Tell Them Your Stories. Individualism is one of the foundations of postmodern thinking, and an individualistic mind-set tends to be self-determined. It can also lead to a self-centered and self-righteous approach to life. This is particularly true when it comes to the way our older children form their values and beliefs. They can begin to think that everything is subjective and that values and beliefs are relative. That’s why it’s helpful to keep in mind how important relationships and community are to young people. This includes a desire for a meaningful relationship with their parents.
So tell your children stories about your life as you were growing up. Let them hear about your struggles and your feelings—obviously only to the degree that is appropriate. Try to find that balance between being the head of your family and being the most caring, loving, and sincere friend that your children can have.
Pope Francis, the Storyteller. You can learn a lot about reaching young adults by watching Pope Francis at World Youth Day this month. He’ll share his own spiritual encounters, struggles, and breakthroughs with everyone gathered there. He’ll use stories from Scripture and everyday life—and he’ll tell these stories as a way to encourage young people to seek their own personal encounter with Jesus.
To achieve this hope for personal encounter, Pope Francis will tell them about how Jesus embodies God’s great mercy. He’ll do this by focusing on the parables of the lost sheep, the lost coin, and the lost son (Luke 15). He’ll do it by urging them to encounter this mercy in the Sacrament of Reconciliation. And he’ll do it by telling them to treat each other with mercy so that they can find Jesus together.
Francis will also talk about how Jesus embodies God’s goodness. For example, he might talk about the way Jesus did not judge the woman at the well, but filled her with living water (John 4). He might talk about the way Jesus welcomed the corrupt Zacchaeus and happily shared a meal with him (Luke 19:1-10). He might talk about how Jesus did not condemn a woman caught in adultery, rescuing her instead from her accusers’ threats (John 8:1-11). And he might talk about Jesus’ compassion when he wept with Martha and Mary over the death of their brother, Lazarus (11:33-35).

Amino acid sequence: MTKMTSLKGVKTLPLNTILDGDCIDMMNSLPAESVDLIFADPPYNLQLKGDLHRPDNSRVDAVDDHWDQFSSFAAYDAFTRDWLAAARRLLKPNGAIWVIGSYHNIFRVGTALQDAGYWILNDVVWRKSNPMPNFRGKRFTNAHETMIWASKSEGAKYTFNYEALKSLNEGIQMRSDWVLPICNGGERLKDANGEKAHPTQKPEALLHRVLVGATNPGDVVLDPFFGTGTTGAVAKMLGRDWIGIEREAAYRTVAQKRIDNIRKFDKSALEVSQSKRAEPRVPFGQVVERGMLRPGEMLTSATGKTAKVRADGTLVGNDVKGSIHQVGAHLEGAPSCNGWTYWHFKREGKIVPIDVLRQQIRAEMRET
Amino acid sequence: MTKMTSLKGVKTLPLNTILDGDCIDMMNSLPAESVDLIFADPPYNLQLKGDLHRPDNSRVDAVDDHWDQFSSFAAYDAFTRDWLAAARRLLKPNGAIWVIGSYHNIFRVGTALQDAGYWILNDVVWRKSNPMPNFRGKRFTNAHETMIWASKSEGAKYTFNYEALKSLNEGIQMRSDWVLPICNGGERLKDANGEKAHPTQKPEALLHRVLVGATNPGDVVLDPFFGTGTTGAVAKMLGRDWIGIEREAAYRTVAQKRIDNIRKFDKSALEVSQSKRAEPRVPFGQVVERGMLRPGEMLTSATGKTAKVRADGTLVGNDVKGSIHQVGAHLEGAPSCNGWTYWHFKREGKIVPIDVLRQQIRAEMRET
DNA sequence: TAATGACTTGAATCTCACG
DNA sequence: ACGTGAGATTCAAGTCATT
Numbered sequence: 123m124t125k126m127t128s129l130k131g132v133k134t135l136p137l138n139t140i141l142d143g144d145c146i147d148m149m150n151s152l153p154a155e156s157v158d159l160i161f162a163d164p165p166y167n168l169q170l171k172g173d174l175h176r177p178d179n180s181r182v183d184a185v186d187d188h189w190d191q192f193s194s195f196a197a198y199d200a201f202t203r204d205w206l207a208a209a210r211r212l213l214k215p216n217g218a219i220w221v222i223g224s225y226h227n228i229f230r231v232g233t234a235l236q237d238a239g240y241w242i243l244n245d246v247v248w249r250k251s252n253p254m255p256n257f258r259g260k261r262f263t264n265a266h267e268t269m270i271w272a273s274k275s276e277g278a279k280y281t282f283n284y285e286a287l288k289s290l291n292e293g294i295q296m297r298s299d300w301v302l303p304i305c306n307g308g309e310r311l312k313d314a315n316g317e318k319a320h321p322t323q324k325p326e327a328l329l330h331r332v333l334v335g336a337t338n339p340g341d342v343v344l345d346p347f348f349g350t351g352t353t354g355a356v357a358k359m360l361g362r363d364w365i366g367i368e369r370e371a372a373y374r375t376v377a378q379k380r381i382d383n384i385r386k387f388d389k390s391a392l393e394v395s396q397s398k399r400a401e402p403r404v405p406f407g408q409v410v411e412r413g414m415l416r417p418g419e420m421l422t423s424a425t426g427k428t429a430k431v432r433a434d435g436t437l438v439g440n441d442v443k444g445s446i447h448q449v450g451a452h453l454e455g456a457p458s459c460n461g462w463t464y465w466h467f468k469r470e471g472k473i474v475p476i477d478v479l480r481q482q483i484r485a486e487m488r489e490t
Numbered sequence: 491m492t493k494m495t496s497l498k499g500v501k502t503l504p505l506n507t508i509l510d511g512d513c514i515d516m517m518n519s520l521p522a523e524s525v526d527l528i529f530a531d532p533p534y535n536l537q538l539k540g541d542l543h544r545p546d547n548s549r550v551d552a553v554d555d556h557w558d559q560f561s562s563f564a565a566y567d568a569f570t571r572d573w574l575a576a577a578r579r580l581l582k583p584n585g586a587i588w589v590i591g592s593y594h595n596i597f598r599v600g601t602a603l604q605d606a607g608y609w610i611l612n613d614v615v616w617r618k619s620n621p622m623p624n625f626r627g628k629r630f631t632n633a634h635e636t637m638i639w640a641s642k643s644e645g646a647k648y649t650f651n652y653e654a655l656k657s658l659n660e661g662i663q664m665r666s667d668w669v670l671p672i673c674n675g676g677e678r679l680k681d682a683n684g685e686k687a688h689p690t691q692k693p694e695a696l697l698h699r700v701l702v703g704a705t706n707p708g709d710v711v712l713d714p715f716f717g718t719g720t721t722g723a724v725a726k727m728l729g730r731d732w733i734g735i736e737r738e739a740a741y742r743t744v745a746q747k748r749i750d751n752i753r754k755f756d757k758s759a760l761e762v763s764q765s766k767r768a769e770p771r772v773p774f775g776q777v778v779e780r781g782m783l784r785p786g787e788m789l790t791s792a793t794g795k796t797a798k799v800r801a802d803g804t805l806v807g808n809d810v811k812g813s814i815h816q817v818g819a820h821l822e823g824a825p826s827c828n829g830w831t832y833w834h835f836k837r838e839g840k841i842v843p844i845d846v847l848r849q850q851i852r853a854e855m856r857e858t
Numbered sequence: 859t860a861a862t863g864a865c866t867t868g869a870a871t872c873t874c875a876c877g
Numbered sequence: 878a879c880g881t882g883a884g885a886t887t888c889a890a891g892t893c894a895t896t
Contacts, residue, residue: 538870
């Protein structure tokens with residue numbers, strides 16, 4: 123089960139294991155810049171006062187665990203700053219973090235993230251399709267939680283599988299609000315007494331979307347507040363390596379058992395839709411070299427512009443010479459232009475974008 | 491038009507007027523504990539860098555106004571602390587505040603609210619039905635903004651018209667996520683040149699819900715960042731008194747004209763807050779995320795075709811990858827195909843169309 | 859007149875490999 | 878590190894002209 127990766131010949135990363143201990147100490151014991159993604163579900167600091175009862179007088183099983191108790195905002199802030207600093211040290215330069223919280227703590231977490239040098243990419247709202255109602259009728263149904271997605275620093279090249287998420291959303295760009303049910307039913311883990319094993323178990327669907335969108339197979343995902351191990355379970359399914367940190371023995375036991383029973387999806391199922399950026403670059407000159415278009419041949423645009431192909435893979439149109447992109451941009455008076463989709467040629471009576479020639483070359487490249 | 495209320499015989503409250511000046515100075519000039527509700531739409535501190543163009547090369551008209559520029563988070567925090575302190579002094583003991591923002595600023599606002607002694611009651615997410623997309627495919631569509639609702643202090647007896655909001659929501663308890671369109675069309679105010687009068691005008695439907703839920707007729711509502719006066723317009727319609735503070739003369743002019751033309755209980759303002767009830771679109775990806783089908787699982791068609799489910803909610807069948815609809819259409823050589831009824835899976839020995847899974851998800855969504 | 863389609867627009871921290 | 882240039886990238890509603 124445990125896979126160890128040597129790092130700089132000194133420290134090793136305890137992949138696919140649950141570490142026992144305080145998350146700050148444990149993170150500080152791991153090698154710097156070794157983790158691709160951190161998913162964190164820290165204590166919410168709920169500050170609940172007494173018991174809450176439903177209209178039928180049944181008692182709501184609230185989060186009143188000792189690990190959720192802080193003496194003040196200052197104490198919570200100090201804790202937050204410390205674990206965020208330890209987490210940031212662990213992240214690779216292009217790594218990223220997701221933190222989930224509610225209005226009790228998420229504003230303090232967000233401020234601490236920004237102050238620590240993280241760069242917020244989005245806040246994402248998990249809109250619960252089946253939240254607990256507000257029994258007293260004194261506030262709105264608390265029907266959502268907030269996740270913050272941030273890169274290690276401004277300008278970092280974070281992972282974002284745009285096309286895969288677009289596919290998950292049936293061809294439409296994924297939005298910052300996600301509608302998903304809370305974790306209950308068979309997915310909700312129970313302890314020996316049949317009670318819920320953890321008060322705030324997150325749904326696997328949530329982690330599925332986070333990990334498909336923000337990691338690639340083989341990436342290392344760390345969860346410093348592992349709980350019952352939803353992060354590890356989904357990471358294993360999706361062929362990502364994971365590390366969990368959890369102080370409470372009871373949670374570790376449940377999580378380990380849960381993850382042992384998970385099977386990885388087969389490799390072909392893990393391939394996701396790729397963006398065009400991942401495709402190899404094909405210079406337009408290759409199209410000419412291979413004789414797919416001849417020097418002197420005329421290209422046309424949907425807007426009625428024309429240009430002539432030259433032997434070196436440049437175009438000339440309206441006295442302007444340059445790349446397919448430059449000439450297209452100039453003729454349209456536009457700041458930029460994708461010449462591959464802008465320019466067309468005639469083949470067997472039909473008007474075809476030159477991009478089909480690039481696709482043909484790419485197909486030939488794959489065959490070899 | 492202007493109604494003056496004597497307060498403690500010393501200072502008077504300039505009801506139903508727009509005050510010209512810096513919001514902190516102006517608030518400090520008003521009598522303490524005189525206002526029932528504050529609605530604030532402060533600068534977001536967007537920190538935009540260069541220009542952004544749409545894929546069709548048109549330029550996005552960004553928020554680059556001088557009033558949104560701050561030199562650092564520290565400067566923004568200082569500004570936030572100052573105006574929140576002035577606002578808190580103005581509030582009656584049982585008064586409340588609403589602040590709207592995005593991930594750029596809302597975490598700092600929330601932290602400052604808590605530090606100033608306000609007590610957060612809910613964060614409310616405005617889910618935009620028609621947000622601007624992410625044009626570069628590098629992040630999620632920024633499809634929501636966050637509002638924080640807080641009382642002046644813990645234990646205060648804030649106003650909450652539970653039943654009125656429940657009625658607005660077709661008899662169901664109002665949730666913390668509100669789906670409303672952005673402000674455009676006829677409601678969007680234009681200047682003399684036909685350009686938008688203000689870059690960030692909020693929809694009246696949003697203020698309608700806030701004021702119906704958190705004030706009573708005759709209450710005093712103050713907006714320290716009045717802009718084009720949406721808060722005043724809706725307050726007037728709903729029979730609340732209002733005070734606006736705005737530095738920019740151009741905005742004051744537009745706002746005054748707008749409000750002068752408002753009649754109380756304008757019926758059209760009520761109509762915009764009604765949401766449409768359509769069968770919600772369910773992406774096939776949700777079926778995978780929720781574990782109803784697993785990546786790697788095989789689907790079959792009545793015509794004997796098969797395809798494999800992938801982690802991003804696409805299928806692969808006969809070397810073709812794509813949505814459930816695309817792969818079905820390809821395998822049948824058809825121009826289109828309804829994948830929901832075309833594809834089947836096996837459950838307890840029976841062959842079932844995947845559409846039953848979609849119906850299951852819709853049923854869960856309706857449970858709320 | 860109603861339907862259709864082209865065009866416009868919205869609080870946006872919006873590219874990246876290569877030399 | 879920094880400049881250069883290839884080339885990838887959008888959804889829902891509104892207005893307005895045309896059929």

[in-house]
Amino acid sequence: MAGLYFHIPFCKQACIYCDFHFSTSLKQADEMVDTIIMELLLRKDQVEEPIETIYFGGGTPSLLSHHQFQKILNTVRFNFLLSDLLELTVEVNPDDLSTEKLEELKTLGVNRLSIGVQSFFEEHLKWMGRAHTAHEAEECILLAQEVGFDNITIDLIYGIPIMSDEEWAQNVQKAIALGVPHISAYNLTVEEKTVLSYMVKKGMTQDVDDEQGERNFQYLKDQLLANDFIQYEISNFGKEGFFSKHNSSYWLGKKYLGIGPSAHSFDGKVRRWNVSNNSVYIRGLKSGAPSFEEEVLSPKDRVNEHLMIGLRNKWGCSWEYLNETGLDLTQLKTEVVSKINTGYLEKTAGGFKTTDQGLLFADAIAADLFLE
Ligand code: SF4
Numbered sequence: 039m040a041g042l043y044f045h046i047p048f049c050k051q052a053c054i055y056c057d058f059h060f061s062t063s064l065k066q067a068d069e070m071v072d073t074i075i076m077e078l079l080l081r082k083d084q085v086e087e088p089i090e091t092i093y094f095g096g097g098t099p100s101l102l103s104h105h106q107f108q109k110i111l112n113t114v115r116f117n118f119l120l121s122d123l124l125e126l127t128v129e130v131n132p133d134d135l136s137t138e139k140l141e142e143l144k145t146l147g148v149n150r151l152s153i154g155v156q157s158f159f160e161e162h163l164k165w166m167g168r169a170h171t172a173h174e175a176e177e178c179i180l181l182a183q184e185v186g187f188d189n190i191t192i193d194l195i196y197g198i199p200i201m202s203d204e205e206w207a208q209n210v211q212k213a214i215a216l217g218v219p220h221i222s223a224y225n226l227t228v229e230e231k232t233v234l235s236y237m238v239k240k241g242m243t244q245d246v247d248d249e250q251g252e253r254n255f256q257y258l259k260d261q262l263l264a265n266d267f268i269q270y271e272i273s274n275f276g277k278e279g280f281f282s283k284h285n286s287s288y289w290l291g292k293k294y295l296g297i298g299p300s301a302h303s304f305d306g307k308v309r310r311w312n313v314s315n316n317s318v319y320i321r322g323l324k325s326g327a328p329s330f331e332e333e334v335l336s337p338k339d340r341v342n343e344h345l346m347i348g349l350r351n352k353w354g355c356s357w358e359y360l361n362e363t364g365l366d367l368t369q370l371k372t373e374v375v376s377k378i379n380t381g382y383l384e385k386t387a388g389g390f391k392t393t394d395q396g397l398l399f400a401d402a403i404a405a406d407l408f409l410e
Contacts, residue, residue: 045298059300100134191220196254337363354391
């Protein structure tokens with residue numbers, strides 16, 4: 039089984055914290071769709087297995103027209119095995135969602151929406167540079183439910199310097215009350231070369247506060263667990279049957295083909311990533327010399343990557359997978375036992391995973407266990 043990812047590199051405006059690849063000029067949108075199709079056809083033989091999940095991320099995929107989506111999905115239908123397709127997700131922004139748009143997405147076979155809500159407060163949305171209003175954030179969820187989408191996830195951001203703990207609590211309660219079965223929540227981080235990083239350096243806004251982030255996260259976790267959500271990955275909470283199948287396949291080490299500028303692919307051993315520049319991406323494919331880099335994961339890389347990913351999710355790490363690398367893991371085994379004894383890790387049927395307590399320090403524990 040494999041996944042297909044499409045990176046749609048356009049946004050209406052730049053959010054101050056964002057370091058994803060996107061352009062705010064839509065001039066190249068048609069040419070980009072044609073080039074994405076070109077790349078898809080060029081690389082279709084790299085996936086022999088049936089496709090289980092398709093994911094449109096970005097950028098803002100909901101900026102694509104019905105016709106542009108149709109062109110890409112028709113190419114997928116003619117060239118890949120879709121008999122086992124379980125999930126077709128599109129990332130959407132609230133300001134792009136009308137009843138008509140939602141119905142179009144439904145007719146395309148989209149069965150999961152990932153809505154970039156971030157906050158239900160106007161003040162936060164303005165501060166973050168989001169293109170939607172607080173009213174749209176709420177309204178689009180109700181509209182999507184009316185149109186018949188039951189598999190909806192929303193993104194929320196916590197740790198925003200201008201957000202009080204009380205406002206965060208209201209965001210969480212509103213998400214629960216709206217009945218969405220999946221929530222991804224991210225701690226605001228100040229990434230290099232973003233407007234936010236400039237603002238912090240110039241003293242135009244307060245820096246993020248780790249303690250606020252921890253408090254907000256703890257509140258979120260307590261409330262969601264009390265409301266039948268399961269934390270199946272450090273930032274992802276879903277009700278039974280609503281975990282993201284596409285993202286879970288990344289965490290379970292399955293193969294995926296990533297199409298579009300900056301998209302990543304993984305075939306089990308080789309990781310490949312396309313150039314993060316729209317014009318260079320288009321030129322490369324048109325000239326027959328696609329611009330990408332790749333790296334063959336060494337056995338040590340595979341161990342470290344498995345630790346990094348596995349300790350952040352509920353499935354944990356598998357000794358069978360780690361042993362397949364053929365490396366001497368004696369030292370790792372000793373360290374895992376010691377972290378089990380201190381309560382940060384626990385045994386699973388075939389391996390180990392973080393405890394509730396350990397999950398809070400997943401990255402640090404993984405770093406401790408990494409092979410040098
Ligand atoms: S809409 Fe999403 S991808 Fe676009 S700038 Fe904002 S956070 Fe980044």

Finally, the Holy Father will talk about how Jesus embodies God’s desire for justice. He may speak about how Jesus wouldn’t allow his enemies to abuse, misguide, or condemn the people. Or he may talk about how Jesus wouldn’t let James and John resort to violence (Luke 9:52-56) or Peter “live by the sword” (Matthew 26:51-54). Or he may talk about how Jesus urges us to serve God and not money (Matthew 6:24).
Find the Connections. It is the role of parents and, to a lesser degree, grandparents to help the young adults in their family come to love Jesus and embrace his gospel message. By focusing on areas that are important to them, even if they seem secondary to you, you can begin to open doors for them. You can help lead them to a deeper, more mature faith and a deeper appreciation for your family.
Young adults are concerned about poverty, social justice, and the environment. They are interested in making the world a better place. Well, the gospel teaches us to love God’s creation and care for the poor and needy. Can you see the connection?
Many young people feel lonely and isolated. They long for authentic relationships and community. The gospel is about being a community of believers who love and care for each other. And what better place for this to happen than in your family? Can you see the connection?
Young adults want spirituality. It may not always be Christian spirituality, but they are searching for answers to the mysteries of life. The gospel is about the One who created all things, loving us, saving us from sin, and opening heaven to us. Can you see the connection?
During Mass, we praise God for the way he never ceases to gather a people to himself (Eucharistic Prayer III). In every age and to every generation, Jesus continues to invite people to come to him and discover his love and redemption. That invitation takes different forms and is spoken in different ways to every generation. Jesus is always looking for the good in people and using that goodness to draw them to his side. Let’s all follow the same strategy as we share the gospel with the young people in our lives.